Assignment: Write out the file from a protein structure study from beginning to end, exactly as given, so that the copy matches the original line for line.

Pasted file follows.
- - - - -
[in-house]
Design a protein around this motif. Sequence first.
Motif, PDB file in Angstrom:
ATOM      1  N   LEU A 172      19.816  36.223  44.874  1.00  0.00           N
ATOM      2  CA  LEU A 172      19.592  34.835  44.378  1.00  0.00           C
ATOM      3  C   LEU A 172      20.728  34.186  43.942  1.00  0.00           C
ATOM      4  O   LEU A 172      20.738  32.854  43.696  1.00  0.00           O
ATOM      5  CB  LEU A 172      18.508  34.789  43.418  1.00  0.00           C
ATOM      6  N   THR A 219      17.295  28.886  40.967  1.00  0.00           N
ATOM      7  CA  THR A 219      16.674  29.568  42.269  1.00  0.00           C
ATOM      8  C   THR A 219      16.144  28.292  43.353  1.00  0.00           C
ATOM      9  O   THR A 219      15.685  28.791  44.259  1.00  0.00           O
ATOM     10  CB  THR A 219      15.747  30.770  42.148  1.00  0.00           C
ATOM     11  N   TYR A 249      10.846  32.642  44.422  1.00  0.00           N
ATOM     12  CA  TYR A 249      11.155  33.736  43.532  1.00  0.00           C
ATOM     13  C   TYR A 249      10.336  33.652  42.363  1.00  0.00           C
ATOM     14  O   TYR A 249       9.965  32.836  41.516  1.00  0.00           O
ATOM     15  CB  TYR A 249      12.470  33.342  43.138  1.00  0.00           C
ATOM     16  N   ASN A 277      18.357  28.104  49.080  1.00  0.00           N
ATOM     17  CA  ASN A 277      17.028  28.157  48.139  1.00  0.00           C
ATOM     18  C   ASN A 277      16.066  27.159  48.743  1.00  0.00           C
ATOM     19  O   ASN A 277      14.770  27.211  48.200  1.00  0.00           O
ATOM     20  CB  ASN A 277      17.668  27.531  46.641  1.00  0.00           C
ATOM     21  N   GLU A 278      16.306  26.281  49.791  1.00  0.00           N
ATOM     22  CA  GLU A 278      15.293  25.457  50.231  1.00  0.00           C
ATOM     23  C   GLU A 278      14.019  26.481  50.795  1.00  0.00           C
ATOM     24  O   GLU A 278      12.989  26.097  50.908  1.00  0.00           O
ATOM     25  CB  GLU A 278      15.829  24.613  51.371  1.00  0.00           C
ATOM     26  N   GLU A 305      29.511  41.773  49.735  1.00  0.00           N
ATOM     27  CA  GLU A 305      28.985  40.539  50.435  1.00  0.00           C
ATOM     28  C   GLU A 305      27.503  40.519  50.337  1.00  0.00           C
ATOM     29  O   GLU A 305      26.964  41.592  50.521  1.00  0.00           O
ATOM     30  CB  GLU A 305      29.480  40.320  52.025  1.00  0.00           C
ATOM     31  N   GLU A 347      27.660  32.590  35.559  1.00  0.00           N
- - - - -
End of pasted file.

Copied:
[in-house]
Design a protein around this motif. Sequence first.
Motif, PDB file in Angstrom:
ATOM      1  N   LEU A 172      19.816  36.223  44.874  1.00  0.00           N
ATOM      2  CA  LEU A 172      19.592  34.835  44.378  1.00  0.00           C
ATOM      3  C   LEU A 172      20.728  34.186  43.942  1.00  0.00           C
ATOM      4  O   LEU A 172      20.738  32.854  43.696  1.00  0.00           O
ATOM      5  CB  LEU A 172      18.508  34.789  43.418  1.00  0.00           C
ATOM      6  N   THR A 219      17.295  28.886  40.967  1.00  0.00           N
ATOM      7  CA  THR A 219      16.674  29.568  42.269  1.00  0.00           C
ATOM      8  C   THR A 219      16.144  28.292  43.353  1.00  0.00           C
ATOM      9  O   THR A 219      15.685  28.791  44.259  1.00  0.00           O
ATOM     10  CB  THR A 219      15.747  30.770  42.148  1.00  0.00           C
ATOM     11  N   TYR A 249      10.846  32.642  44.422  1.00  0.00           N
ATOM     12  CA  TYR A 249      11.155  33.736  43.532  1.00  0.00           C
ATOM     13  C   TYR A 249      10.336  33.652  42.363  1.00  0.00           C
ATOM     14  O   TYR A 249       9.965  32.836  41.516  1.00  0.00           O
ATOM     15  CB  TYR A 249      12.470  33.342  43.138  1.00  0.00           C
ATOM     16  N   ASN A 277      18.357  28.104  49.080  1.00  0.00           N
ATOM     17  CA  ASN A 277      17.028  28.157  48.139  1.00  0.00           C
ATOM     18  C   ASN A 277      16.066  27.159  48.743  1.00  0.00           C
ATOM     19  O   ASN A 277      14.770  27.211  48.200  1.00  0.00           O
ATOM     20  CB  ASN A 277      17.668  27.531  46.641  1.00  0.00           C
ATOM     21  N   GLU A 278      16.306  26.281  49.791  1.00  0.00           N
ATOM     22  CA  GLU A 278      15.293  25.457  50.231  1.00  0.00           C
ATOM     23  C   GLU A 278      14.019  26.481  50.795  1.00  0.00           C
ATOM     24  O   GLU A 278      12.989  26.097  50.908  1.00  0.00           O
ATOM     25  CB  GLU A 278      15.829  24.613  51.371  1.00  0.00           C
ATOM     26  N   GLU A 305      29.511  41.773  49.735  1.00  0.00           N
ATOM     27  CA  GLU A 305      28.985  40.539  50.435  1.00  0.00           C
ATOM     28  C   GLU A 305      27.503  40.519  50.337  1.00  0.00           C
ATOM     29  O   GLU A 305      26.964  41.592  50.521  1.00  0.00           O
ATOM     30  CB  GLU A 305      29.480  40.320  52.025  1.00  0.00           C
ATOM     31  N   GLU A 347      27.660  32.590  35.559  1.00  0.00           N